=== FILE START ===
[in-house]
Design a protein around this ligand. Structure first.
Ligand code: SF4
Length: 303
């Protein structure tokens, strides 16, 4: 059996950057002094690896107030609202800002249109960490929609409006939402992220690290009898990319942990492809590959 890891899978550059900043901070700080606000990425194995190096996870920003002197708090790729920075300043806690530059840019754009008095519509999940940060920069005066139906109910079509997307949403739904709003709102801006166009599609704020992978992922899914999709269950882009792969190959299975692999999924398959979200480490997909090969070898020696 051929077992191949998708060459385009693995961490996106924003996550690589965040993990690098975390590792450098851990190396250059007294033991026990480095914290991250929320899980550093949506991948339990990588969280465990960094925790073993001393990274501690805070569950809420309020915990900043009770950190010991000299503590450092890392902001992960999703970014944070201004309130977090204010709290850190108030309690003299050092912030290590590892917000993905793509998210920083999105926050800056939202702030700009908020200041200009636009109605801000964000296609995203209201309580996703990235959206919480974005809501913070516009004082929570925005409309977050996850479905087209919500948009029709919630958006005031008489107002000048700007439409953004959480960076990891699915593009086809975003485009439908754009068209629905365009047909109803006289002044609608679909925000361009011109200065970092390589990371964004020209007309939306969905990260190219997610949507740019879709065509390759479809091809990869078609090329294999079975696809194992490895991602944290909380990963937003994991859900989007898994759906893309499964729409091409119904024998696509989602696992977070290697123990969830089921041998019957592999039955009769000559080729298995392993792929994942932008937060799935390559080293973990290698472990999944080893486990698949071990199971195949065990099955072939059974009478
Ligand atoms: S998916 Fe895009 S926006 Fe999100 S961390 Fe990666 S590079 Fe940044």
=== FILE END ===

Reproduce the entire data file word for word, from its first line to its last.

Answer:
[in-house]
Design a protein around this ligand. Structure first.
Ligand code: SF4
Length: 303
């Protein structure tokens, strides 16, 4: 059996950057002094690896107030609202800002249109960490929609409006939402992220690290009898990319942990492809590959 890891899978550059900043901070700080606000990425194995190096996870920003002197708090790729920075300043806690530059840019754009008095519509999940940060920069005066139906109910079509997307949403739904709003709102801006166009599609704020992978992922899914999709269950882009792969190959299975692999999924398959979200480490997909090969070898020696 051929077992191949998708060459385009693995961490996106924003996550690589965040993990690098975390590792450098851990190396250059007294033991026990480095914290991250929320899980550093949506991948339990990588969280465990960094925790073993001393990274501690805070569950809420309020915990900043009770950190010991000299503590450092890392902001992960999703970014944070201004309130977090204010709290850190108030309690003299050092912030290590590892917000993905793509998210920083999105926050800056939202702030700009908020200041200009636009109605801000964000296609995203209201309580996703990235959206919480974005809501913070516009004082929570925005409309977050996850479905087209919500948009029709919630958006005031008489107002000048700007439409953004959480960076990891699915593009086809975003485009439908754009068209629905365009047909109803006289002044609608679909925000361009011109200065970092390589990371964004020209007309939306969905990260190219997610949507740019879709065509390759479809091809990869078609090329294999079975696809194992490895991602944290909380990963937003994991859900989007898994759906893309499964729409091409119904024998696509989602696992977070290697123990969830089921041998019957592999039955009769000559080729298995392993792929994942932008937060799935390559080293973990290698472990999944080893486990698949071990199971195949065990099955072939059974009478
Ligand atoms: S998916 Fe895009 S926006 Fe999100 S961390 Fe990666 S590079 Fe940044």